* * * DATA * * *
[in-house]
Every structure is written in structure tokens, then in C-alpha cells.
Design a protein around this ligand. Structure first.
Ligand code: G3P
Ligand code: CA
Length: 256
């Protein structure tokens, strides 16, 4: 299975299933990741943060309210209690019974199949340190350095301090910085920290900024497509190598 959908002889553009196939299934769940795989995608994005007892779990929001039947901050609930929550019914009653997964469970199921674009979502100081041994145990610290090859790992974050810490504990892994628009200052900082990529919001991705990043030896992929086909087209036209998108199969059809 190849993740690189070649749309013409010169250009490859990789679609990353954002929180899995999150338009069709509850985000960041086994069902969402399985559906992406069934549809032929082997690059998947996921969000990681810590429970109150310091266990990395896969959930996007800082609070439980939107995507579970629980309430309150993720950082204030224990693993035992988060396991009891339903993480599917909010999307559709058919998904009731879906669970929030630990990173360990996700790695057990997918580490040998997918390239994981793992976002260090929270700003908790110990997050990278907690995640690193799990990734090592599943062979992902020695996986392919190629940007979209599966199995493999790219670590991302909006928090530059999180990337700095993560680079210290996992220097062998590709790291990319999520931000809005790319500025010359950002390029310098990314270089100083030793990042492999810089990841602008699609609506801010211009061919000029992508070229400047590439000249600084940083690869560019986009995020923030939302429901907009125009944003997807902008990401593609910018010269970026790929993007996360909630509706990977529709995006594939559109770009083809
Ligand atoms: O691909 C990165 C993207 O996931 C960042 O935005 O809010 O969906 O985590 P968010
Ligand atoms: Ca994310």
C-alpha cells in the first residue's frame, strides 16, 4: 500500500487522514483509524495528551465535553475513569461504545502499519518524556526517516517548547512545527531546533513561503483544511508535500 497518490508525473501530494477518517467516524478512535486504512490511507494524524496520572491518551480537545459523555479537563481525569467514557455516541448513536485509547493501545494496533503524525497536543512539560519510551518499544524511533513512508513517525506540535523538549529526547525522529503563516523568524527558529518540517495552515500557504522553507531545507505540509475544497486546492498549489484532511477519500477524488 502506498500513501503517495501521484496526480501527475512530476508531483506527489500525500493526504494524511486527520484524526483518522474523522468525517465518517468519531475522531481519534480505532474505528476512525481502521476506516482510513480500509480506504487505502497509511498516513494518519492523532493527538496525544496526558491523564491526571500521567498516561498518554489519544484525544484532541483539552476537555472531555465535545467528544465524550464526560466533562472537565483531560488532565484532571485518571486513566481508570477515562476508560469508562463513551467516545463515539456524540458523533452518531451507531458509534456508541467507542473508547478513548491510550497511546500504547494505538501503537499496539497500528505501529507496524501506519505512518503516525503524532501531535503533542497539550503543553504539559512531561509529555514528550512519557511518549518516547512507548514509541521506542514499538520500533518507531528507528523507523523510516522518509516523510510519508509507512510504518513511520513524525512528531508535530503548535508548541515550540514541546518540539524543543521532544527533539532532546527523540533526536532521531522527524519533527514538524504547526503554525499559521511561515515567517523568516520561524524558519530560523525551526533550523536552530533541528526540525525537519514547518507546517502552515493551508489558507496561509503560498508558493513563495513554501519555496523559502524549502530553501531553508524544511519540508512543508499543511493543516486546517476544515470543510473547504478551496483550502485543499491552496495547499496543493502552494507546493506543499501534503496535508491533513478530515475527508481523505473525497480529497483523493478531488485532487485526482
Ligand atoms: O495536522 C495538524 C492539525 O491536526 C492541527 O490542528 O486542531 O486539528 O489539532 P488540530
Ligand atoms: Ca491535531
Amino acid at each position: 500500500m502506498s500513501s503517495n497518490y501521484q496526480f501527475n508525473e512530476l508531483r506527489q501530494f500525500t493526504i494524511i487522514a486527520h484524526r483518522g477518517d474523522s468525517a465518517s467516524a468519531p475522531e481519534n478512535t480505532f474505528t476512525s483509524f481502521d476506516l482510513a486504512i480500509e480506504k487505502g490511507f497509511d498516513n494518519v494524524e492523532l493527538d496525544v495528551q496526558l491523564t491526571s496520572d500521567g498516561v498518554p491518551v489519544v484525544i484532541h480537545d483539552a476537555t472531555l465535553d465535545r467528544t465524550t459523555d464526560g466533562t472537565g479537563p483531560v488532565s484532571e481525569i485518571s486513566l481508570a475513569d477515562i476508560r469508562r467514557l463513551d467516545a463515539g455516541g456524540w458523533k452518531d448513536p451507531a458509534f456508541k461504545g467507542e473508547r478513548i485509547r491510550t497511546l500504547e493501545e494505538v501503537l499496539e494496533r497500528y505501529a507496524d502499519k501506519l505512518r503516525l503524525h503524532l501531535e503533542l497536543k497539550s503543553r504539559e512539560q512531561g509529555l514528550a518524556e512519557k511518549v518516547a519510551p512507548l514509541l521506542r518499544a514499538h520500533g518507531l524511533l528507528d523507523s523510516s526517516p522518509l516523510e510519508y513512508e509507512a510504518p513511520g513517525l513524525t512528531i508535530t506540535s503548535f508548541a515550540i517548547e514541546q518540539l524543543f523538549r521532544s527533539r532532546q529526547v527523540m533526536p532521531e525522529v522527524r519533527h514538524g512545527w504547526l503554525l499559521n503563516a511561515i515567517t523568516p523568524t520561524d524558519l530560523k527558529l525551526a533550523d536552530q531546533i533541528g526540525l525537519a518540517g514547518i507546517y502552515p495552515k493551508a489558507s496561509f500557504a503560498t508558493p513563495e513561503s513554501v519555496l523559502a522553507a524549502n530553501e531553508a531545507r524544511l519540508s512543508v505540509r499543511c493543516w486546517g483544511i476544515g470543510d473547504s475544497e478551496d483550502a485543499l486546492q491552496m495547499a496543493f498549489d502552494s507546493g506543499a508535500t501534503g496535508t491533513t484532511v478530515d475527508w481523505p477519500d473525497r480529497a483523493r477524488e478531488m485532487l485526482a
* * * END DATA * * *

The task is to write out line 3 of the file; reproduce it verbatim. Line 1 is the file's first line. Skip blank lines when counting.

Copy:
Design a protein around this ligand. Structure first.